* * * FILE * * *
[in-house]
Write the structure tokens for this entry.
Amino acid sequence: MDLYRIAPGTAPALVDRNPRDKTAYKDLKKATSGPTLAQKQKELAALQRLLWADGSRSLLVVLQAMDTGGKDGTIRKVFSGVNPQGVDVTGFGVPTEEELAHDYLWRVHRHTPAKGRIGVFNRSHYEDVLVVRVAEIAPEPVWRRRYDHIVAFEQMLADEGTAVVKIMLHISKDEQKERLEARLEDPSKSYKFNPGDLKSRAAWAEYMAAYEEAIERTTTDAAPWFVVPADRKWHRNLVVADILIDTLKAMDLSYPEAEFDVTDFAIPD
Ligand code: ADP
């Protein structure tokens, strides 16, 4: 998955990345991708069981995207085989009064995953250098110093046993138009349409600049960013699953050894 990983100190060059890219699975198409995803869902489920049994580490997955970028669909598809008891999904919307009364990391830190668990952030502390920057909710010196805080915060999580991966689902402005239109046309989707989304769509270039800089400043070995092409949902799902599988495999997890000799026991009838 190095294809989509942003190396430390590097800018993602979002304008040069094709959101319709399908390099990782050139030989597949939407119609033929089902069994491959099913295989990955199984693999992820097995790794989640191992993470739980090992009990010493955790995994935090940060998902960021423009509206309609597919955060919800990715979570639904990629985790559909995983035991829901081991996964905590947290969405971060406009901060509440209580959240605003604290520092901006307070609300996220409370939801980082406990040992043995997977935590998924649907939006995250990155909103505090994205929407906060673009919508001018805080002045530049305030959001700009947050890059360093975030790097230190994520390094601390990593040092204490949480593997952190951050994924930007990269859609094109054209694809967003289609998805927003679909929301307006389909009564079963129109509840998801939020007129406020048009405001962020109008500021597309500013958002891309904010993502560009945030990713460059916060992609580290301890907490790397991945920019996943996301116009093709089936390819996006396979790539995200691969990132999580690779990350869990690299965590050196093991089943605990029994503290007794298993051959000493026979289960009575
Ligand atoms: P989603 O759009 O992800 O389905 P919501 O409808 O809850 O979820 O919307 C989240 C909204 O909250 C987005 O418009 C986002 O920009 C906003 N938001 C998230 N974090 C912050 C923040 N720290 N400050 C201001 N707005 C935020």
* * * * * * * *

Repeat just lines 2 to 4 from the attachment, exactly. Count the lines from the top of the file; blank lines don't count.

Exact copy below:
Write the structure tokens for this entry.
Amino acid sequence: MDLYRIAPGTAPALVDRNPRDKTAYKDLKKATSGPTLAQKQKELAALQRLLWADGSRSLLVVLQAMDTGGKDGTIRKVFSGVNPQGVDVTGFGVPTEEELAHDYLWRVHRHTPAKGRIGVFNRSHYEDVLVVRVAEIAPEPVWRRRYDHIVAFEQMLADEGTAVVKIMLHISKDEQKERLEARLEDPSKSYKFNPGDLKSRAAWAEYMAAYEEAIERTTTDAAPWFVVPADRKWHRNLVVADILIDTLKAMDLSYPEAEFDVTDFAIPD
Ligand code: ADP